Gomorra is unlike anything I’ve ever seen. Imagine starting a book 20 pages in, or picking up on a TV show during its second season, or coming into a conversation a few minutes late… that’s Gomorra. It’s been tried before, giving a film such a rugged authenticity that the audience has to compete to catch up, and it usually falters. However, director Matteo Garrone’s bold experiment soars cinematic wonders.
It’s true, though, trying to figure out just what the hell is going on isn’t very easy. After the film opens with a very Sopranos-friendly bang, we’re stuck right in the middle of the Italian mob underworld. But Scarface this is not. Gomorra presents the nitty gritty of a deeply unglamorous way of life.
The film plays like an extended one act film. There’s never any conflict or resolution. The characters live in a constant state of conflict and resolve what little they can as they go. There’s the simple money-man who delivers funds to widows of mob men. The middle-man boss who does the grunt work, the two vigilante kids who want to rule the world a la Tony Montana, the kid who tries not to get sucked in, and round and round.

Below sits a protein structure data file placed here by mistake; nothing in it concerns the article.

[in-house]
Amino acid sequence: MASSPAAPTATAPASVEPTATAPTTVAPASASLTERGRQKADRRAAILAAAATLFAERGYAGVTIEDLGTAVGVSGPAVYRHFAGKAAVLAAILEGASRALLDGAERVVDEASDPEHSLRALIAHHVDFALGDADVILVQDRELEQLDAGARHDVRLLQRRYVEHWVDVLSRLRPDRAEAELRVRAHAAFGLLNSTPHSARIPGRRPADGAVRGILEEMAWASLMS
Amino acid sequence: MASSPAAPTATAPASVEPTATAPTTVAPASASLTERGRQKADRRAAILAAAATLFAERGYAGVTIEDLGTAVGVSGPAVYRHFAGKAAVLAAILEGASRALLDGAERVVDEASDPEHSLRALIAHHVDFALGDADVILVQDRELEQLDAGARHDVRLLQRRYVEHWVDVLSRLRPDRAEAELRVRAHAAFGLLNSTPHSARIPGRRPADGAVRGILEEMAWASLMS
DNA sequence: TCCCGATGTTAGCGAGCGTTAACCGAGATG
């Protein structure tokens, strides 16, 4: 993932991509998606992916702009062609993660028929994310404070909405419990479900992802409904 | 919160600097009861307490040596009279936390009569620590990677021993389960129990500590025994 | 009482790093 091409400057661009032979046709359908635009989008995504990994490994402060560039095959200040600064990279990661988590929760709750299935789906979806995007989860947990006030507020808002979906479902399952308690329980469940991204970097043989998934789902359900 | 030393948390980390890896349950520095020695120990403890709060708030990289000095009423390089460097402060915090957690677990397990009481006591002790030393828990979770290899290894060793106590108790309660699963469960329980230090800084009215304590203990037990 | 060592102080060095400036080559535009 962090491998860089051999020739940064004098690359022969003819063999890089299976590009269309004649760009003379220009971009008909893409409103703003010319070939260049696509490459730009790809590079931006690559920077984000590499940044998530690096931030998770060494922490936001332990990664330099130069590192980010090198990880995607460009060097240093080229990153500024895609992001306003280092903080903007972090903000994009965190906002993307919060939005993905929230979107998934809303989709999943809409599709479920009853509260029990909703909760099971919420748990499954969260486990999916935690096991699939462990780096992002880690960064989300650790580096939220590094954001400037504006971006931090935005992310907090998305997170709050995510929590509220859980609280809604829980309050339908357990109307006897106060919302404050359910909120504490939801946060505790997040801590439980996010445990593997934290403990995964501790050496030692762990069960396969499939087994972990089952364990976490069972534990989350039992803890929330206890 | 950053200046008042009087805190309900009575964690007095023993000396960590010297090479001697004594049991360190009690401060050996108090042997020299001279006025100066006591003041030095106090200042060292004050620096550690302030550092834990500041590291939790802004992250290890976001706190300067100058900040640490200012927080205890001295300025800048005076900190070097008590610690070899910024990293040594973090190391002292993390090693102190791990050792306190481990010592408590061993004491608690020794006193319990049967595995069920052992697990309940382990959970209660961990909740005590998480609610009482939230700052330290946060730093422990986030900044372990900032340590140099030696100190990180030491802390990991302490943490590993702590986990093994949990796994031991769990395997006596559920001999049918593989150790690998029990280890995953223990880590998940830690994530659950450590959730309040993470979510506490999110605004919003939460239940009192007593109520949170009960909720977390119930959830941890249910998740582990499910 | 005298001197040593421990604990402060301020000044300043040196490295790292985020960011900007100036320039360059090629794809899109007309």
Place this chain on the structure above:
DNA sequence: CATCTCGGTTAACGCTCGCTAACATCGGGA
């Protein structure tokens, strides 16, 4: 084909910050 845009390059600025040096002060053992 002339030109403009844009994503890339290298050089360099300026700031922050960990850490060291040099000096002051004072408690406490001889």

Garrone isn’t interested in giving you backstories or explanations, he literally dumps you right in the middle of the modernly grotesque apartment structure where all the dirty deeds go down.
Once you settle in and catch up as best you can, you’re in for one hell of a wild ride. Unlike most American mob films, the violence in this Italian gem is never glamorized, even if a few of the characters try to make it look fun. Garrone understands their desire, which leads to their pathetic attempt to be gangsters.
This is a film that could benefit from multiple viewings. Knowing what to expect will eliminate some of the initial confusion. But even on the first time around, it’s impossible not to be shook.
I appreciated the film much more after I learned that it is based on a factual book written by a man who got as close as he could to the real Gomorra, took a lot of notes, and got the hell out of town. After he published the book, the Gomorra put a price on his head, which still remains. I hope he’s careful, or he may end up in the bucket of a bulldozer, riding off into the sunset. A